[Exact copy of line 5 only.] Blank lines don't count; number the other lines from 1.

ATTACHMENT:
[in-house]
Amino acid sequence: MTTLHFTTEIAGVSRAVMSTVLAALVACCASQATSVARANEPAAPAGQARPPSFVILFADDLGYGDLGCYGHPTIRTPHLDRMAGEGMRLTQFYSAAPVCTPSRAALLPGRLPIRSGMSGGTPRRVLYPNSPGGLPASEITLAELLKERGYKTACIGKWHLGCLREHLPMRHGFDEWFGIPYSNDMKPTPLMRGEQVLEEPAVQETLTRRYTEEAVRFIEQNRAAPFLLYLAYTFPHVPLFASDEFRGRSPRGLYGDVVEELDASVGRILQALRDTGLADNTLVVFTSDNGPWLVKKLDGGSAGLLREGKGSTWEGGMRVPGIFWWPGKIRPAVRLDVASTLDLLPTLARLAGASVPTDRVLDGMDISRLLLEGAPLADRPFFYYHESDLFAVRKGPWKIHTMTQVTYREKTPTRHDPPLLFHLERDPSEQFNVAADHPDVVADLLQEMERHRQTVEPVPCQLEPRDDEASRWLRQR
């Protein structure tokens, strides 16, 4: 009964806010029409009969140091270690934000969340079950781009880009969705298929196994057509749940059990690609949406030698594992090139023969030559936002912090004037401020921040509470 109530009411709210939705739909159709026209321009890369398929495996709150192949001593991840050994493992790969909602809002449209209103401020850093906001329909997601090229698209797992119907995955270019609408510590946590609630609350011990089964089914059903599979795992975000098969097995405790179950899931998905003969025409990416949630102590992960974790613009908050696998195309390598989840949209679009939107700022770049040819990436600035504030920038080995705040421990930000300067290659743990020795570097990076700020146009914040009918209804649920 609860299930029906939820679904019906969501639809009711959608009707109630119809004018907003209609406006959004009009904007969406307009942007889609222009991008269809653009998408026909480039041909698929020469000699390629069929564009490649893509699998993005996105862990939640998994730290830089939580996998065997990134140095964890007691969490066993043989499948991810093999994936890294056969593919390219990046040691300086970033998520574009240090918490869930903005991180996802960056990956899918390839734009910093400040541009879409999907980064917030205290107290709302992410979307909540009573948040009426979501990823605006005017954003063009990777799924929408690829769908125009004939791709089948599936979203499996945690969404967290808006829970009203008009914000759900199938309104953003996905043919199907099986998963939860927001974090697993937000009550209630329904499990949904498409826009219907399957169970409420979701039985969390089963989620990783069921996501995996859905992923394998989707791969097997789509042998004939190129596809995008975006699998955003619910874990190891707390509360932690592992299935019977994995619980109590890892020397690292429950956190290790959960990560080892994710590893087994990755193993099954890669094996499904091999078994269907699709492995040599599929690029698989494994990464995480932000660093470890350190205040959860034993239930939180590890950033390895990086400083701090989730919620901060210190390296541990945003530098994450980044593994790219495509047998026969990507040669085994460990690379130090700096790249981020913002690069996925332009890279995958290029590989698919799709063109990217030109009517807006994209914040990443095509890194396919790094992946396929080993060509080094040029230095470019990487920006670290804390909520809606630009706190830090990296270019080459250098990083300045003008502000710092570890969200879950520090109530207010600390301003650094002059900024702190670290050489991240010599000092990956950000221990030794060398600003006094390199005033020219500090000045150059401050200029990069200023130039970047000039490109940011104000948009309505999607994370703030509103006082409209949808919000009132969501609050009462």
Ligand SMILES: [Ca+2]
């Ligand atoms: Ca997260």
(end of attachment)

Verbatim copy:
């Ligand atoms: Ca997260």